1 / 20

200 likes | 334 Vues

Japan Patel, Chemical and Nuclear Engineering, UNM Ryosuke Park, Theoretical Division ( T-3), LANL Cassiano de Oliveira, Chemical and Nuclear Engineering, UNM Dana Knoll, Theoretical Division (T-3), LANL September 19, 2013. Multiphysics Coupling for Fast Burst Reactors in Slab Geometry.

Télécharger la présentation
## Multiphysics Coupling for Fast Burst Reactors in Slab Geometry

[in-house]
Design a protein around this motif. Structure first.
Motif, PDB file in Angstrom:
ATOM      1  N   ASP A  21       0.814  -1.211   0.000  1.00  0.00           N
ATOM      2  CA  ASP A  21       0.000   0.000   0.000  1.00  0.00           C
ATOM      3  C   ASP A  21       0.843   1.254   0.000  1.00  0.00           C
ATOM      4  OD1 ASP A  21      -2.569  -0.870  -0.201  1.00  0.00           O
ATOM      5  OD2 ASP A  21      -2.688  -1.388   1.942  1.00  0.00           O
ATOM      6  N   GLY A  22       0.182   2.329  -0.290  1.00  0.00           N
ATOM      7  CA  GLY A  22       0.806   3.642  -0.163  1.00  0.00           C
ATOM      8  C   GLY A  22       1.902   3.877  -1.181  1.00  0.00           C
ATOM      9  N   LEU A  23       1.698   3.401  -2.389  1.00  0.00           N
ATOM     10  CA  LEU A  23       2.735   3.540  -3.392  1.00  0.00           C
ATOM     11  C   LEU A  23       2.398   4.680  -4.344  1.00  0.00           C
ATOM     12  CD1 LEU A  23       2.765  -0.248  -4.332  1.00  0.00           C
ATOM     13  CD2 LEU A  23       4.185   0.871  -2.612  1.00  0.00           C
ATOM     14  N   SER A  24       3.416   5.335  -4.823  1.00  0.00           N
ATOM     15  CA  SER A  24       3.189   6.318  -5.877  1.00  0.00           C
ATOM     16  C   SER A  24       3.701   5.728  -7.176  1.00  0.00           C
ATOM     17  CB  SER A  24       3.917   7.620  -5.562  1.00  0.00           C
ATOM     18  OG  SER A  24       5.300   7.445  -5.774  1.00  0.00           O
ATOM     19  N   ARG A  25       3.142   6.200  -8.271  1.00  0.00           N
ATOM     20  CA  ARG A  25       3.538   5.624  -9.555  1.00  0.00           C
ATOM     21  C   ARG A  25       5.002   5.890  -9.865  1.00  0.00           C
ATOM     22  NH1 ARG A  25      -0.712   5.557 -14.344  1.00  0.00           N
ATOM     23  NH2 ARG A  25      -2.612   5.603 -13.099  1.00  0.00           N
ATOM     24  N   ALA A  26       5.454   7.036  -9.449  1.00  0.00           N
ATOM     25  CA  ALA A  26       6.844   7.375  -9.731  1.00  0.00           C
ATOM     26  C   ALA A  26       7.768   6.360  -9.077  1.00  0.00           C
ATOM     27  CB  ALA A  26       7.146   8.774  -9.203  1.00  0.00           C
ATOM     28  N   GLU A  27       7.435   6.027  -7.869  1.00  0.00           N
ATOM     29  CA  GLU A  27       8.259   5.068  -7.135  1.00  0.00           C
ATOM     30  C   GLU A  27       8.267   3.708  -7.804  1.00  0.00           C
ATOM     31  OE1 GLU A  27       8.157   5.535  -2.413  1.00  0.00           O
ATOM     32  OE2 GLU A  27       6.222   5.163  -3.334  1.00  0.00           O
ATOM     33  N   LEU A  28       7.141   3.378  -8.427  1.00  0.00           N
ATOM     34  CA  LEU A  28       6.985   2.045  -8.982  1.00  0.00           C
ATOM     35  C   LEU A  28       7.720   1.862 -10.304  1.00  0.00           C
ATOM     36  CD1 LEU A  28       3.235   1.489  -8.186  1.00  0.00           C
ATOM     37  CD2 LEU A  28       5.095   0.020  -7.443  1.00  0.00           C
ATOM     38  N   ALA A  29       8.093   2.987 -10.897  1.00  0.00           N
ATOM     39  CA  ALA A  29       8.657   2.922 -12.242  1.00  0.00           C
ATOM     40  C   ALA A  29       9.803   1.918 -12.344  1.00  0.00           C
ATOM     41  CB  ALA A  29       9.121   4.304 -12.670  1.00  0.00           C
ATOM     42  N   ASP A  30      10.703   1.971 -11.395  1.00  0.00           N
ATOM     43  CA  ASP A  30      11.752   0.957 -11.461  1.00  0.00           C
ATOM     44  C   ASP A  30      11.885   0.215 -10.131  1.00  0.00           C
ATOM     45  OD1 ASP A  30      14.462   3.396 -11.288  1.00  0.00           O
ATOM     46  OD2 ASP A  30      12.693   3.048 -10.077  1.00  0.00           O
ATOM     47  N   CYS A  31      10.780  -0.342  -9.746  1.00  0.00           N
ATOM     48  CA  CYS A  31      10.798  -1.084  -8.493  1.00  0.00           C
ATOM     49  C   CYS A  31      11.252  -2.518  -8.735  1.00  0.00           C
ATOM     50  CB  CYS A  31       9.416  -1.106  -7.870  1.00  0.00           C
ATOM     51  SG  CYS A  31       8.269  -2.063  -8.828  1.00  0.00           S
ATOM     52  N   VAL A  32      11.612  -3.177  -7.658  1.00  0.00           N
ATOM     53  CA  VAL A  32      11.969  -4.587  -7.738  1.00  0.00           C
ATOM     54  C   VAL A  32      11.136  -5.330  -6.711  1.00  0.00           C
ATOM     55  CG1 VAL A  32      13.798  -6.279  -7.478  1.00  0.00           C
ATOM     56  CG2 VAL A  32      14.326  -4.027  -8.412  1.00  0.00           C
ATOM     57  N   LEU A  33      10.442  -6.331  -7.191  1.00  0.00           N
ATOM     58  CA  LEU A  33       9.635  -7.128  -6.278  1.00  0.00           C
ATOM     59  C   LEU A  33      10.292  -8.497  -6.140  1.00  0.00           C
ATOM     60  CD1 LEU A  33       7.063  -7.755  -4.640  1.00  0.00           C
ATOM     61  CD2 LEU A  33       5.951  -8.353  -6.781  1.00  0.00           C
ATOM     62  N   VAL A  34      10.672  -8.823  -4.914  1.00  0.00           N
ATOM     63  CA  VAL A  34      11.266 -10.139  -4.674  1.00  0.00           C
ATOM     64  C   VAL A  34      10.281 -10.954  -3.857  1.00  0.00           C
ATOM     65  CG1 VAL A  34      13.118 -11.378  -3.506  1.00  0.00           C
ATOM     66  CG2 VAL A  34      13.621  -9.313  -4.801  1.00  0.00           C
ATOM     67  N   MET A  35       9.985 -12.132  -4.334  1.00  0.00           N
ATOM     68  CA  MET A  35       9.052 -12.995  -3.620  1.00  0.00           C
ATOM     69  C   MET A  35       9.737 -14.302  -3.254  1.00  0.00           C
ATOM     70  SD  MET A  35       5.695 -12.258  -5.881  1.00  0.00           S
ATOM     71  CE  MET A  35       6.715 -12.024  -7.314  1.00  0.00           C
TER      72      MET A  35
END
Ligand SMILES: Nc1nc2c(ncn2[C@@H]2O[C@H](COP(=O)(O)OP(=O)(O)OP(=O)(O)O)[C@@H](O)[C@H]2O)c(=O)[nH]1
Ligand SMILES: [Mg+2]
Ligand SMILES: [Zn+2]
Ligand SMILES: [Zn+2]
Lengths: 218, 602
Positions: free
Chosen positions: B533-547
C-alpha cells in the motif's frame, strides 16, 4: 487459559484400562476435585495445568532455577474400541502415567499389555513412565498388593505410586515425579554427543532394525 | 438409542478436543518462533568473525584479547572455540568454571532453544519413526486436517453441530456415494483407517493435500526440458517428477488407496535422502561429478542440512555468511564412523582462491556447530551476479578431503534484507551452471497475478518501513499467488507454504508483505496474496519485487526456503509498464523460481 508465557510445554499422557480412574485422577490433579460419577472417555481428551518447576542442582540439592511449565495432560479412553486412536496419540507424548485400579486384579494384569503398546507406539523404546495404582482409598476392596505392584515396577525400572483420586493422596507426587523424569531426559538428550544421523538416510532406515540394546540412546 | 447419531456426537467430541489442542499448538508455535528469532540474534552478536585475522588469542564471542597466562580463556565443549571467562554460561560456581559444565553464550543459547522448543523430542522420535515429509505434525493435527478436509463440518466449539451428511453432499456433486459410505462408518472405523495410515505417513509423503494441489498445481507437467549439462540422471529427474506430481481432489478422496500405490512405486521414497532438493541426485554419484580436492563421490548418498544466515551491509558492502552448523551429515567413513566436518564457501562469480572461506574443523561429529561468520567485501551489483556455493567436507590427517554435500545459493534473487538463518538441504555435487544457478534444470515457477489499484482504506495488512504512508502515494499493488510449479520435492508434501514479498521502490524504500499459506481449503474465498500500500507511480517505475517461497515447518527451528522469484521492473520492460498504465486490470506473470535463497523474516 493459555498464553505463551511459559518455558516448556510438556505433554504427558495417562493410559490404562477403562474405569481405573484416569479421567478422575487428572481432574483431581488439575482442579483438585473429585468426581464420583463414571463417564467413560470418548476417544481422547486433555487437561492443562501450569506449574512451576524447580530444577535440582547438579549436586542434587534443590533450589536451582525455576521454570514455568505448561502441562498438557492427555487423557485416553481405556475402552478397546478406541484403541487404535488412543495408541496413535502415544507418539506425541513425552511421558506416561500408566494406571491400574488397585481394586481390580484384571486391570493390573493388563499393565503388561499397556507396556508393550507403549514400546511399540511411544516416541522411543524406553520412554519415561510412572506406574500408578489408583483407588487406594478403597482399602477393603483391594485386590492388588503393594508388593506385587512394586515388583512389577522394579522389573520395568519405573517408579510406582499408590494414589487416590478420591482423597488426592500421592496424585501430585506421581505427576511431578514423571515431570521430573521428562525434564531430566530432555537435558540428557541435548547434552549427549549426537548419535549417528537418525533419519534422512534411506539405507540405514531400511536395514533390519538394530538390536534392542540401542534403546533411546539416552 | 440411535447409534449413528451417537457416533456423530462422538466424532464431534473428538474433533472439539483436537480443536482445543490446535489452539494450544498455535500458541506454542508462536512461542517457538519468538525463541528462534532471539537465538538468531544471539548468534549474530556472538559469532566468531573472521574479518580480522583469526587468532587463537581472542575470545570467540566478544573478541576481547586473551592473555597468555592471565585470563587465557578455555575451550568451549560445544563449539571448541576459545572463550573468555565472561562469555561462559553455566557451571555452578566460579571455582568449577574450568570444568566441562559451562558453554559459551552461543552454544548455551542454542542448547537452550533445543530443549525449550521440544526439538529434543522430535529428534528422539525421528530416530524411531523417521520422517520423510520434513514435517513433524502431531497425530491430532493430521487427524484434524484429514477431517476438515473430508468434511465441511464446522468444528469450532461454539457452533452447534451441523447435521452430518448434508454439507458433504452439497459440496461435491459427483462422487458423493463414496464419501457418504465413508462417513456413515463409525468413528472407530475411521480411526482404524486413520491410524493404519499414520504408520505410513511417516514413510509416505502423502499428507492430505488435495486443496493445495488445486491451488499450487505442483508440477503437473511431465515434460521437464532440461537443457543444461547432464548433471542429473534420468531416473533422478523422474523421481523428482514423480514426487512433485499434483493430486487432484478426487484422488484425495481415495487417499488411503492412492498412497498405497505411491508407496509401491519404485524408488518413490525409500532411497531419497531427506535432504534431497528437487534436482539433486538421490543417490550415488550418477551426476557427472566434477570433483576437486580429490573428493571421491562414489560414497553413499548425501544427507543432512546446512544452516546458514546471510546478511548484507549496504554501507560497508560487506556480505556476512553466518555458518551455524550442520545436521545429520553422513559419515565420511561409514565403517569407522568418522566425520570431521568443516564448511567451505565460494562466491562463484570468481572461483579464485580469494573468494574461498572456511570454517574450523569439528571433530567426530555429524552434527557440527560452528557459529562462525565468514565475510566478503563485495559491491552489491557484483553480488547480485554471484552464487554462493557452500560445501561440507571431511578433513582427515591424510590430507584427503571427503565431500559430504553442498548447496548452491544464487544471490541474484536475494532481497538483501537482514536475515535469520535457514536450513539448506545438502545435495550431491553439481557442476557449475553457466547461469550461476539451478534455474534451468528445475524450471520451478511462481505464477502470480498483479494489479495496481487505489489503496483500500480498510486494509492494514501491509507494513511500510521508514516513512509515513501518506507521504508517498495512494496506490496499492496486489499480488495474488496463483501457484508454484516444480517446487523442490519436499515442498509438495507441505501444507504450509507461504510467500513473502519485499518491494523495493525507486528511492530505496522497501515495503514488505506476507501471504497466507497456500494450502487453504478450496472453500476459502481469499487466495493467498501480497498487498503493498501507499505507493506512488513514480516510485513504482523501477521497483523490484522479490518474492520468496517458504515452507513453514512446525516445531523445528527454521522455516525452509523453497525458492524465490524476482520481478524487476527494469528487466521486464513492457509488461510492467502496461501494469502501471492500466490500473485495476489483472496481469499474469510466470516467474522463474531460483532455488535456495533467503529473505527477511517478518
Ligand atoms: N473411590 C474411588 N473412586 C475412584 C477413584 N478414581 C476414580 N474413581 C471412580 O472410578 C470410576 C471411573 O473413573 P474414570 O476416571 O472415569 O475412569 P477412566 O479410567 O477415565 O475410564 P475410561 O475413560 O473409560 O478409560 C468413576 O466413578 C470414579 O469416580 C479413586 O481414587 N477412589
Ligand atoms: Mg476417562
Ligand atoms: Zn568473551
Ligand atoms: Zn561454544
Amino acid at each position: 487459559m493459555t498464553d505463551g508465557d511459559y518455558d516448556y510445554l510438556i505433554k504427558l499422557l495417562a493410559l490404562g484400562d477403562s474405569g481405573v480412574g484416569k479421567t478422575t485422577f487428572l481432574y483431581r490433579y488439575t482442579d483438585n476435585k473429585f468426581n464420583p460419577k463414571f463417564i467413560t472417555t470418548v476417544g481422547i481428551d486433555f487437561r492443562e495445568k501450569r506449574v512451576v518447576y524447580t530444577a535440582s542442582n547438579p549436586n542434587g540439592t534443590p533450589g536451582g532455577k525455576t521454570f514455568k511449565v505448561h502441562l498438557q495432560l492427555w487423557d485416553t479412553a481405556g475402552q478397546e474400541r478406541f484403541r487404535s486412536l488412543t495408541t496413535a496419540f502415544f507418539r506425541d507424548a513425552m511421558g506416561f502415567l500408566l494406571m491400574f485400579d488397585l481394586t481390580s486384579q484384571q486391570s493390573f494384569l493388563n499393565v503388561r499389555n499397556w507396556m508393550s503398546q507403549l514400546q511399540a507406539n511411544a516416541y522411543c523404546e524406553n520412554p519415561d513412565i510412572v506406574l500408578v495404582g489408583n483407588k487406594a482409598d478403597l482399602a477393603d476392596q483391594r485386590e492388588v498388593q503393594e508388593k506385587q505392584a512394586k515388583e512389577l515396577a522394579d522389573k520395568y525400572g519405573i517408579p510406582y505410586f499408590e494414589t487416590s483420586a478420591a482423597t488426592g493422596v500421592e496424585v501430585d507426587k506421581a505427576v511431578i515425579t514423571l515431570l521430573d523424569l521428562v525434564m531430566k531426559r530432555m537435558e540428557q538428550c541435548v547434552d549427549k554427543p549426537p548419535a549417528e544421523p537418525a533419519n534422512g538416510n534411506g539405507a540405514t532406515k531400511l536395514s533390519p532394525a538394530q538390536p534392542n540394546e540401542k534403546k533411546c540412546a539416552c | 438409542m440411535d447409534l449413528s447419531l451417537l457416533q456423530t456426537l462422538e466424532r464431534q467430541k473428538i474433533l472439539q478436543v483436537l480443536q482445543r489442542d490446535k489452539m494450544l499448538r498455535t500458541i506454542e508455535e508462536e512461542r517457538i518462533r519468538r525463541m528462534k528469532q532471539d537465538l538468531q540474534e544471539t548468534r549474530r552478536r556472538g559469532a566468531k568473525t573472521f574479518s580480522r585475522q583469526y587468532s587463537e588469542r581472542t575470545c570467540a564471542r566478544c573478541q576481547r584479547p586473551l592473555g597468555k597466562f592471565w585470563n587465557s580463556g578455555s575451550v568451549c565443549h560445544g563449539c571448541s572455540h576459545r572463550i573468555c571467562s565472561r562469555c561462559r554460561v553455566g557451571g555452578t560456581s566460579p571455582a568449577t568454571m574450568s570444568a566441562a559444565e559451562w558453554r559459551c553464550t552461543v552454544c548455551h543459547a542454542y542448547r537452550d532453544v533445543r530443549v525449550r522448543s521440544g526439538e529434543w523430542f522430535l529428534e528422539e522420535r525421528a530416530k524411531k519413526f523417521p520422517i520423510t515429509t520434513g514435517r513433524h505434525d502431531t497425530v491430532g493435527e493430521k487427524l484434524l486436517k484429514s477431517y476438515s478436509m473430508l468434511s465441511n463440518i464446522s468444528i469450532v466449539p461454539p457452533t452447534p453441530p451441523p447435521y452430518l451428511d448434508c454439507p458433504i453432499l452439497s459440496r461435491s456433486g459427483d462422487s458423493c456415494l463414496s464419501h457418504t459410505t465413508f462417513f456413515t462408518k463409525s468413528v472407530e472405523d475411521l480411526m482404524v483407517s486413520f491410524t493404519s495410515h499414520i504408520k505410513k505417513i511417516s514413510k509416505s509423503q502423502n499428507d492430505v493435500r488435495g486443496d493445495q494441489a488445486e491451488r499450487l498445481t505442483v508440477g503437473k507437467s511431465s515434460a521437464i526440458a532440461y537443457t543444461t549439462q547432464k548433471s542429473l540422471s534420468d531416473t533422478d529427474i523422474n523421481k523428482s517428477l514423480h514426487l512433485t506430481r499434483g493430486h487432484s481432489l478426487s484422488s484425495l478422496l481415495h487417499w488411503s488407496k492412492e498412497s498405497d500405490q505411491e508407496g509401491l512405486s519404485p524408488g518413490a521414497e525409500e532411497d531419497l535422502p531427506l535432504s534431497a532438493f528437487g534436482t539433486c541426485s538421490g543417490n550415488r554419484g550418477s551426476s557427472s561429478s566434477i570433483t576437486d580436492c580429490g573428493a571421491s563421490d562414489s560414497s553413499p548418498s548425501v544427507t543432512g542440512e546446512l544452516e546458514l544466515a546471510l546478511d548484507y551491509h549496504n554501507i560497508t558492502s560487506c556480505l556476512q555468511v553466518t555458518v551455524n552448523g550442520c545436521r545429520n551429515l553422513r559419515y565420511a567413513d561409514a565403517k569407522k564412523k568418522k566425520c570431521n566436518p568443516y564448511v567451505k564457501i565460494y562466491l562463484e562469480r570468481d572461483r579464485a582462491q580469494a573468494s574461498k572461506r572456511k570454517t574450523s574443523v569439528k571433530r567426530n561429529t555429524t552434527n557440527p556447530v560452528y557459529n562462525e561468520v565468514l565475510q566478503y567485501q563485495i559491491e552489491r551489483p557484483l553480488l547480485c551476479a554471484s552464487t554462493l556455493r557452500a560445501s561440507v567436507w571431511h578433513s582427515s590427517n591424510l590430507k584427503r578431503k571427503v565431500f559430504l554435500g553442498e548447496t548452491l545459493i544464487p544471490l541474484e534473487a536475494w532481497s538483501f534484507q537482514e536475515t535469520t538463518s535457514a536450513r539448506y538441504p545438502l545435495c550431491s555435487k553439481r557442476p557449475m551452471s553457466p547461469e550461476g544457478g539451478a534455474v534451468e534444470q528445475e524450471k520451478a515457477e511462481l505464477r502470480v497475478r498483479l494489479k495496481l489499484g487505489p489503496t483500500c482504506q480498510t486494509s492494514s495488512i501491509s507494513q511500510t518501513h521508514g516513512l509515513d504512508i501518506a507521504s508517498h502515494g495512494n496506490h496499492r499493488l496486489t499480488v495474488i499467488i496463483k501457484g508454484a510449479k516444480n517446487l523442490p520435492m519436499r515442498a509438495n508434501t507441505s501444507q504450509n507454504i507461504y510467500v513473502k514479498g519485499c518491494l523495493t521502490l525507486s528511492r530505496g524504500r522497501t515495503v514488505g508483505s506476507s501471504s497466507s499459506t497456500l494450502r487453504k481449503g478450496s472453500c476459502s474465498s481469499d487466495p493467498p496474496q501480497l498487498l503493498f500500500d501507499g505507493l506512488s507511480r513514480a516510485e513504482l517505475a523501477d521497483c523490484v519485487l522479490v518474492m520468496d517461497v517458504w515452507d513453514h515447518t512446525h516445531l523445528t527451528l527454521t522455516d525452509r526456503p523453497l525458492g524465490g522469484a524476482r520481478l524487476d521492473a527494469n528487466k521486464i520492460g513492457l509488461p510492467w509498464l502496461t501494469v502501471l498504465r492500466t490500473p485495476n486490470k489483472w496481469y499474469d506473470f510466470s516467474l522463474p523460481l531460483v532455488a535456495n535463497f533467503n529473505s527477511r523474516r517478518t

**An Image/Link below is provided (as is) to download presentation**
Download Policy: Content on the Website is provided to you AS IS for your information and personal use and may not be sold / licensed / shared on other websites without getting consent from its author.
Content is provided to you AS IS for your information and personal use only.
Download presentation by click this link.
While downloading, if for some reason you are not able to download a presentation, the publisher may have deleted the file from their server.
During download, if you can't get a presentation, the file might be deleted by the publisher.

E N D